Needless to say, what this all adds up to is a community project, and I think we all have a sense of how this can turn unpleasant. In case your imagination is failing you:
I use FindaGrave the way I use a lot of genealogical resources: I mine them for ideas. But just because someone carved it in granite doesn't make it so. This is how I got onto the John Veeder Plantz lied about his age kick. (And no, it wasn't a badly transcribed or difficult to read stone, either. Clear as could be.)
R. and I got to talking about whether either or both of us were interested in any graveyard visiting. We like them -- that's not the issue -- but it's more an ambiance thing than a fossil filing cabinet (so to speak). I have recently identified some cemeteries that I might be interested in taking photos/GPS/transcribing in for my own use, but I thought that before attempting this, I'd like to investigate what good "infrastructure" for such a project would be. I had in mind things like reflective screens to improve lighting conditions, which is a major complaint I have about headstone photos, and something to make it easy to manage the information.
I've also been attempting to surf through the genealogical blogging community, with intermittent success. Communities collectively know things and I'm trying to learn from this one. Today, I stumbled across a blog mentioning BillionGraves.
BillionGraves initially looked like a FindaGrave knockoff, but it isn't. It's a slickly produced set of software (website + iOS + Android apps) and backing databases put together by a Utah (surprise) corporation called AppTime, which apparently felt my concern about project infrastructure was worth pursuing (whatever they might think of photo quality issues). As you might expect, Dick Eastman covered the iPhone app release back in May:
And the comments thread does a nice job of covering the possible concerns (ownership, overlap with FindaGrave, Mormon post-mortem baptism, etc.), and (at the time I read it) ended with a pointer to this response from BillionGraves:
For my part, I'm finding this thing almost overwhelmingly tempting. There are several graveyards within an easy walk of where I live that have not yet had anything uploaded. Might make for a nice project to go with getting a tiny amount of additional exercise. Since (to the best of my knowledge) I have zero connection to anyone buried in these places, if I lose access to the work I do, at least it's not personal. And this paragraph from the BillionGraves blog suggests our values are tightly aligned:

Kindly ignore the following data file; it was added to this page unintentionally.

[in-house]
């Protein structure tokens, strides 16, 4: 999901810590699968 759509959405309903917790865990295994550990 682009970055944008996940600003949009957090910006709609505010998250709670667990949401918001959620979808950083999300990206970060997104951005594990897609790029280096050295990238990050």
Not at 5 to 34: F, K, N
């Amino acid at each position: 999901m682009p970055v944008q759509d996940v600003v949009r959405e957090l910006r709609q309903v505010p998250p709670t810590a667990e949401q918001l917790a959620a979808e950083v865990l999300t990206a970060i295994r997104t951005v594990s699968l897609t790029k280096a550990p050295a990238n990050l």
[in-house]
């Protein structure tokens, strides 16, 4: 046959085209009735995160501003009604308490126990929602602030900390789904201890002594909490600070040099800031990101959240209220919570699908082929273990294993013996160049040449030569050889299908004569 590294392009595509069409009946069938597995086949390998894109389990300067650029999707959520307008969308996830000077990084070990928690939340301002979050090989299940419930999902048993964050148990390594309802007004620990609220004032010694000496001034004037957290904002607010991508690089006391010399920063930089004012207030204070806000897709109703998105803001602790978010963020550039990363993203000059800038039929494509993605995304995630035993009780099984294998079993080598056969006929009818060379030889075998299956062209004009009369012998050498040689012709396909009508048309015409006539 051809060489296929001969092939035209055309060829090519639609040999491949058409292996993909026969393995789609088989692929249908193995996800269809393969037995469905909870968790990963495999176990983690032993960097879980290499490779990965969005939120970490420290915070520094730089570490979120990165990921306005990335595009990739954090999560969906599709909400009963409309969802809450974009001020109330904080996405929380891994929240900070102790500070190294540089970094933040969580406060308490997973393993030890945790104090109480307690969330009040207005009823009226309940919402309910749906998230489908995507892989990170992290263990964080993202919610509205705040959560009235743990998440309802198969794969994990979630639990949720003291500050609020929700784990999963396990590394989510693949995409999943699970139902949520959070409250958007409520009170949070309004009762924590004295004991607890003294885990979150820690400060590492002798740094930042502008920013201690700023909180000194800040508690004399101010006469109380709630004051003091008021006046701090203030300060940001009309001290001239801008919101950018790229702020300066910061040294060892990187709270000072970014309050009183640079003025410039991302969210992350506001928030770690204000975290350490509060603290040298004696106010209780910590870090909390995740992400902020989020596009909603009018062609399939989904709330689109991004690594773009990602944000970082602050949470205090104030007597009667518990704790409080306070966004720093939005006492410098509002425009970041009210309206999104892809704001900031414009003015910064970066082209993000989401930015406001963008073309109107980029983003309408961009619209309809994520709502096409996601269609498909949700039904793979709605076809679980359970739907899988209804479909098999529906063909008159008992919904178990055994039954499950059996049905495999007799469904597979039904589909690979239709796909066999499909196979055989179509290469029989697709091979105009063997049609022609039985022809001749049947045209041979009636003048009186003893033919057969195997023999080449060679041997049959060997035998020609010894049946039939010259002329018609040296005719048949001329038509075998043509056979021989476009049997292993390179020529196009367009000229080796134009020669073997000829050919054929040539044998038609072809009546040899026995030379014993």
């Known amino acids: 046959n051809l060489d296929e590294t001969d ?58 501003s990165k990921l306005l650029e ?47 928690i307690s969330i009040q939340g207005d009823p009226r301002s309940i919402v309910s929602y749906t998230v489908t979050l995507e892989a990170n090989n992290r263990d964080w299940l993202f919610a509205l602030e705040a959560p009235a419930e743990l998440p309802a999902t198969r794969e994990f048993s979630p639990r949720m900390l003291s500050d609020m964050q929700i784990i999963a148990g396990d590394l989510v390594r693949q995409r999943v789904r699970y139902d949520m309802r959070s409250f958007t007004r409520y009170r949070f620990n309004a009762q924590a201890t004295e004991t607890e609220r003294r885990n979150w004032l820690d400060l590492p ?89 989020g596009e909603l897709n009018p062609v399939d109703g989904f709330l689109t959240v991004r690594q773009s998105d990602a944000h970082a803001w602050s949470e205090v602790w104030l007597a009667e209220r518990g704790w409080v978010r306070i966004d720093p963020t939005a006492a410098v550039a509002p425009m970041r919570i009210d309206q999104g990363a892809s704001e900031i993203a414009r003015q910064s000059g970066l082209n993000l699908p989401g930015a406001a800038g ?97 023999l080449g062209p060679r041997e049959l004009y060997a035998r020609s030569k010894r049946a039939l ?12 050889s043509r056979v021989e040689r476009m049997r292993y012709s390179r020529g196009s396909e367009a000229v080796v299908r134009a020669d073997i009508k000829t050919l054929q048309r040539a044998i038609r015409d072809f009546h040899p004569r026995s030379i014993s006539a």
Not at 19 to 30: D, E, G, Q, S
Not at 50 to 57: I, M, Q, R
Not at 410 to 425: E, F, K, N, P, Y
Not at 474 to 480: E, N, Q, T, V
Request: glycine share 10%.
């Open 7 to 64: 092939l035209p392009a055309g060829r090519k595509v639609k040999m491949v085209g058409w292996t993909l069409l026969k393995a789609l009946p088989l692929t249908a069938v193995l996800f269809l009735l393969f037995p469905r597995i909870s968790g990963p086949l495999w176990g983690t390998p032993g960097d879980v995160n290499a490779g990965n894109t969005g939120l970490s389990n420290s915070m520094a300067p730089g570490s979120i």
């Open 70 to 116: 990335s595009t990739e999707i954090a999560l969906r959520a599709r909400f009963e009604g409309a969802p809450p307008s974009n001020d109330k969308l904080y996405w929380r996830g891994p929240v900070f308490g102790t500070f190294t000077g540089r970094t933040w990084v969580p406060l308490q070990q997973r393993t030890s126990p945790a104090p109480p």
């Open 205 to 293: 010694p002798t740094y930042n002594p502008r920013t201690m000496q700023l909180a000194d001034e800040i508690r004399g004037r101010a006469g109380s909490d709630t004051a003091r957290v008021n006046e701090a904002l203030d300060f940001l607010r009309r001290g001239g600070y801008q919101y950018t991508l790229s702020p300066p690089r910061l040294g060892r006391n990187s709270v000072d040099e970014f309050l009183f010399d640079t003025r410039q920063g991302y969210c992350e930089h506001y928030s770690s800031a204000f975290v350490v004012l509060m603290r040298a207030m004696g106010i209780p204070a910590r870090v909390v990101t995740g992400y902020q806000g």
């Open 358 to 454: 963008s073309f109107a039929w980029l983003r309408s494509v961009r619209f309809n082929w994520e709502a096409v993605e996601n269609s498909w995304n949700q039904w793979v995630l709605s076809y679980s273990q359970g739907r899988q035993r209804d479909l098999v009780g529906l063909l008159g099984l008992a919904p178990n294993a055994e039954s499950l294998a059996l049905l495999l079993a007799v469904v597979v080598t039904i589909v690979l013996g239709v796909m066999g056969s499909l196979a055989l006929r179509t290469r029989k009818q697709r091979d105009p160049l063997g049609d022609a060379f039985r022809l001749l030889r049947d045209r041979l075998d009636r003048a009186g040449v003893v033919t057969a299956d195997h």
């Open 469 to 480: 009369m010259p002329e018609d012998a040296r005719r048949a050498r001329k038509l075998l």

"When our team first decided we wanted to work on a project to make gathering cemetery information more efficient and accessible, we attempted to contact Find a Grave to create a partnership: we’d provide a mobile app and they’d provide the website it integrated with. We never did hear back from the folks at Find a Grave"
Please, please, please, make it easy for me. Easy to contribute. Easy to consume. Feel free to charge me, especially after a vast volume of information has created an insuperable barrier to entry for competitors (don't be ridiculous, but I don't mind paying for _two_ ancestry.com subscriptions for my husband and me, so he can work on Drouin and I can use the search feature -- there's an unbelievable amount of information buried in that site. I have a high bar for ridiculous. Digital storage and access costs money and so do the people to manage it all.).
I also wholeheartedly approve of their outreach to FindaGrave, and their shout-outs in the blog to Names in Stone and Interment.net.
And now, before I return to reading about George Gilder's puppyhood and the 1964 Goldwater campaign or, say, trawling for fourth cousins in the Mohawk Valley, I'm going to go order some capacitative gloves.